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Reading Comprehension Worksheets
Finland - History

Finland - History
Print Finland - History Reading Comprehension

Reading Level
     edHelper's suggested reading level:   grades 7 to 9
     Flesch-Kincaid grade level:   9.3

     challenging words:    fifth-highest, national-language, dissatisfaction, tsar, nationalist, long-standing, modern-day, believers, civilian, present-day, civil, revolution, independence, conflict, industry, nation
     content words:    Swedish Vikings, Martin Luther, Catholic Church, Protestant Reformation, Mikael Agricola, Great Wrath, Under Russian, This Finnish-language, World War II, German Nazis

Finland - History
By Ekaterina Zhdanova-Redman

1     For most of its modern history, Finland has been a battleground of Scandinavia. Its location between Sweden and Russia kept it at the center of conflict for many years. Its location also meant that for much of its history, it would be ruled by either Sweden or Russia. It has been only in the last 100 years that Finland has enjoyed true independence.
2     The history of people in Finland goes all the way back to when the country was covered in ice. In 8,000 BC, the ice started melting (in the south at first) revealing land suitable for humans. According to Finnish tradition, tribes began moving into Finland around this time. The ancestors of modern-day Finland moved into the area from present-day Russia and Estonia between 3,000 BC and the first century AD.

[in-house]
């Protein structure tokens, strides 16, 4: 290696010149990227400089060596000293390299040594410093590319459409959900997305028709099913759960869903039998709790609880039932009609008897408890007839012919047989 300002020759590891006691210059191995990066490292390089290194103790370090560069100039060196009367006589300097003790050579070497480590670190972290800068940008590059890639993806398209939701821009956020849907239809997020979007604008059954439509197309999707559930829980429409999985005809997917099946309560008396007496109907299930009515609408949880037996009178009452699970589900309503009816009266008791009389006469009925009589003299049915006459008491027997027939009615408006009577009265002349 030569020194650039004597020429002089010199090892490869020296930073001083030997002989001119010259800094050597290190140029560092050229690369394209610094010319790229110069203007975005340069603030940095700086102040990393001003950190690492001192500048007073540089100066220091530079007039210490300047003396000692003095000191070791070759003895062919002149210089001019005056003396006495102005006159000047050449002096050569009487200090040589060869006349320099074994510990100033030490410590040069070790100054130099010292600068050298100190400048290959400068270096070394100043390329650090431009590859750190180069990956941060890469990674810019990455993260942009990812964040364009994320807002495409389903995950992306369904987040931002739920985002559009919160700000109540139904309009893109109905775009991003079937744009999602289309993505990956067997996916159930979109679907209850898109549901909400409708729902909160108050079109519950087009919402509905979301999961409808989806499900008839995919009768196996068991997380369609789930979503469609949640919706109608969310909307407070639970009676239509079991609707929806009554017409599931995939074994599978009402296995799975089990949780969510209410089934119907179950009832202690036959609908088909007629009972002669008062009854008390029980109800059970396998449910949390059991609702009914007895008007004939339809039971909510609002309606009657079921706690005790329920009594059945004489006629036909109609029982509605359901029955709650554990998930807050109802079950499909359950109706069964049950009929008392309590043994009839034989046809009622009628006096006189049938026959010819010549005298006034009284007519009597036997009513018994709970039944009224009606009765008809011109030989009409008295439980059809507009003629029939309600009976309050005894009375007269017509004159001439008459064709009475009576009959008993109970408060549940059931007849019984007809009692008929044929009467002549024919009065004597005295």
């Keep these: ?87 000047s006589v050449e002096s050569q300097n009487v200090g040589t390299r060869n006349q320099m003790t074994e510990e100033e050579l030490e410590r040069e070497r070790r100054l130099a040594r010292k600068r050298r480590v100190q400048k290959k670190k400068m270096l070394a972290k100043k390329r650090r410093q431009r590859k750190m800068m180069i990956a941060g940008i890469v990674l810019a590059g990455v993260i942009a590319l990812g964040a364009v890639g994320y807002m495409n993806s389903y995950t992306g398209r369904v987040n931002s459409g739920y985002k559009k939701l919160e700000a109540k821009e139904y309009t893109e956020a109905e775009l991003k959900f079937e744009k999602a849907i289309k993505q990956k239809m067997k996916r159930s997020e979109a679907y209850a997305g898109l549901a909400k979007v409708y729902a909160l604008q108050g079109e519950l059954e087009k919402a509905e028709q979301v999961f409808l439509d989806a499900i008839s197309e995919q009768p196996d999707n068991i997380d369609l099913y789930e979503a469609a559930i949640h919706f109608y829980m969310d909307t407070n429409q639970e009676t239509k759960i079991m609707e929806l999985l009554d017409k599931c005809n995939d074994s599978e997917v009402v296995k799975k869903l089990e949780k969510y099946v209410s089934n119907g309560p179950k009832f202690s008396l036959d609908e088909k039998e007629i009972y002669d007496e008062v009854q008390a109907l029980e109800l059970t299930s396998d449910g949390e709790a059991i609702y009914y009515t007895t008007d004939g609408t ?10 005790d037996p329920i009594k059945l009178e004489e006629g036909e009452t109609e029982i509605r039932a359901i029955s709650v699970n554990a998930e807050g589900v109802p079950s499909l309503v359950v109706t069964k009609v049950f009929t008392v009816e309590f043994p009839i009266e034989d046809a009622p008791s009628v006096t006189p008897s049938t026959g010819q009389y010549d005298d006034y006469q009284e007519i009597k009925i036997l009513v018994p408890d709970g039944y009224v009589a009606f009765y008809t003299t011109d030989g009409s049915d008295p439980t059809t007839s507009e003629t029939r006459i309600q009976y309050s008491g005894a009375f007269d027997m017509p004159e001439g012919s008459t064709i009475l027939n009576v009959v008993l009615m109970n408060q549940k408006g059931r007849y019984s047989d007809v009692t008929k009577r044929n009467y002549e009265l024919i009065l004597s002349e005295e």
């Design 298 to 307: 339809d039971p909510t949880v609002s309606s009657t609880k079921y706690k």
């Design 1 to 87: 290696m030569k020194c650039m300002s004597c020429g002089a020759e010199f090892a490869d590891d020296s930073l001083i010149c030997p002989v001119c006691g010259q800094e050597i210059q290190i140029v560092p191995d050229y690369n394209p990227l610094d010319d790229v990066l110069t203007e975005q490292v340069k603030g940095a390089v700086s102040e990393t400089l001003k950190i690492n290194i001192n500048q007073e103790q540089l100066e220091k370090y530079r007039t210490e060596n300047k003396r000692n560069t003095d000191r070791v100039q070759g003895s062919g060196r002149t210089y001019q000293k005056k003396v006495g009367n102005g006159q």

3     From the earliest times of Finland's history, Sweden, to Finland's west, and Russia, to Finland's east, wanted to control Finland and its people, the Finns. During the years of the Swedish Vikings (800-1050) the Swedes first met the Finns, and first got the idea that they'd like to rule Finland. But so did the Russians, and in the 13th century, the Russians and the Swedes went to war over (and in) Finland. By the war's end in 1323, the Russians had managed to hold on to some land in Finland, but the Swedes took control of most of the rest of Finland. The Swedes ruled Finland for almost 500 years.
4     The Swedes belonged to the Catholic religion, so during the early part of Swedish rule, Catholicism was the religion of the Finns. Catholic churches served as schools and government buildings. But the Catholic religion wouldn't be the only religious force in Finland.
5     In 1517, in nearby Germany, a scholar named Martin Luther became dissatisfied with how the Catholic Church was operating. He wrote a paper (the 95 Theses) that argued against many of the church's functions. His arguments against the church sparked the Protestant Reformation, which quickly spread to Finland. Luther's writings found many believers in Finland, where the Lutheran church quickly took hold. A Finn by the name of Mikael Agricola was so impressed with Luther's writings that he translated the Bible into Finnish. Because the Finnish language hadn't yet been seen in print, Agricola is known as the father of the written Finnish language.

Paragraphs 6 to 11:
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